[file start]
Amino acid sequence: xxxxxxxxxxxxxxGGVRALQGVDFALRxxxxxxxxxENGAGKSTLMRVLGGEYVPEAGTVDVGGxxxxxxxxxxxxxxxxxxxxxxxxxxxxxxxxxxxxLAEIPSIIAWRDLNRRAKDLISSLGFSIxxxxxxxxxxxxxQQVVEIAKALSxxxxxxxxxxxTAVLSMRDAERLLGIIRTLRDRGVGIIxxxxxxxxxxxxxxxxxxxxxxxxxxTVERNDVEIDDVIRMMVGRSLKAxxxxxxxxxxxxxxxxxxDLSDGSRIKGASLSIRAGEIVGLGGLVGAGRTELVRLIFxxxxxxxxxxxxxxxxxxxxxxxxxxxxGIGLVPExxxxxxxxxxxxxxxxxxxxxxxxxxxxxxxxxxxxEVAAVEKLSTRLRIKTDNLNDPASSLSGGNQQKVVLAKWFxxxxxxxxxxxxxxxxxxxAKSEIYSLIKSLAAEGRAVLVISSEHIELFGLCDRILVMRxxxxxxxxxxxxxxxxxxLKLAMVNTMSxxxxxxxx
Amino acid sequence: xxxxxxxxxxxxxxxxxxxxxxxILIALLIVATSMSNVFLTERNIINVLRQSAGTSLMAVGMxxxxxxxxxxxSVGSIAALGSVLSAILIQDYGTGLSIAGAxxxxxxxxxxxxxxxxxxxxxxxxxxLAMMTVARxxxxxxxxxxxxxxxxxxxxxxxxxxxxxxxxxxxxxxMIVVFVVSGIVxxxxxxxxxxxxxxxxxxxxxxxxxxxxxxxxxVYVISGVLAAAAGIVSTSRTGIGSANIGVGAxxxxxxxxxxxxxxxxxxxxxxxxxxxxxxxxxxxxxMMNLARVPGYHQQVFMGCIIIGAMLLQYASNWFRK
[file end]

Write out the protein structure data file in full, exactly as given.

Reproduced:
Amino acid sequence: xxxxxxxxxxxxxxGGVRALQGVDFALRxxxxxxxxxENGAGKSTLMRVLGGEYVPEAGTVDVGGxxxxxxxxxxxxxxxxxxxxxxxxxxxxxxxxxxxxLAEIPSIIAWRDLNRRAKDLISSLGFSIxxxxxxxxxxxxxQQVVEIAKALSxxxxxxxxxxxTAVLSMRDAERLLGIIRTLRDRGVGIIxxxxxxxxxxxxxxxxxxxxxxxxxxTVERNDVEIDDVIRMMVGRSLKAxxxxxxxxxxxxxxxxxxDLSDGSRIKGASLSIRAGEIVGLGGLVGAGRTELVRLIFxxxxxxxxxxxxxxxxxxxxxxxxxxxxGIGLVPExxxxxxxxxxxxxxxxxxxxxxxxxxxxxxxxxxxxEVAAVEKLSTRLRIKTDNLNDPASSLSGGNQQKVVLAKWFxxxxxxxxxxxxxxxxxxxAKSEIYSLIKSLAAEGRAVLVISSEHIELFGLCDRILVMRxxxxxxxxxxxxxxxxxxLKLAMVNTMSxxxxxxxx
Amino acid sequence: xxxxxxxxxxxxxxxxxxxxxxxILIALLIVATSMSNVFLTERNIINVLRQSAGTSLMAVGMxxxxxxxxxxxSVGSIAALGSVLSAILIQDYGTGLSIAGAxxxxxxxxxxxxxxxxxxxxxxxxxxLAMMTVARxxxxxxxxxxxxxxxxxxxxxxxxxxxxxxxxxxxxxxMIVVFVVSGIVxxxxxxxxxxxxxxxxxxxxxxxxxxxxxxxxxVYVISGVLAAAAGIVSTSRTGIGSANIGVGAxxxxxxxxxxxxxxxxxxxxxxxxxxxxxxxxxxxxxMMNLARVPGYHQQVFMGCIIIGAMLLQYASNWFRK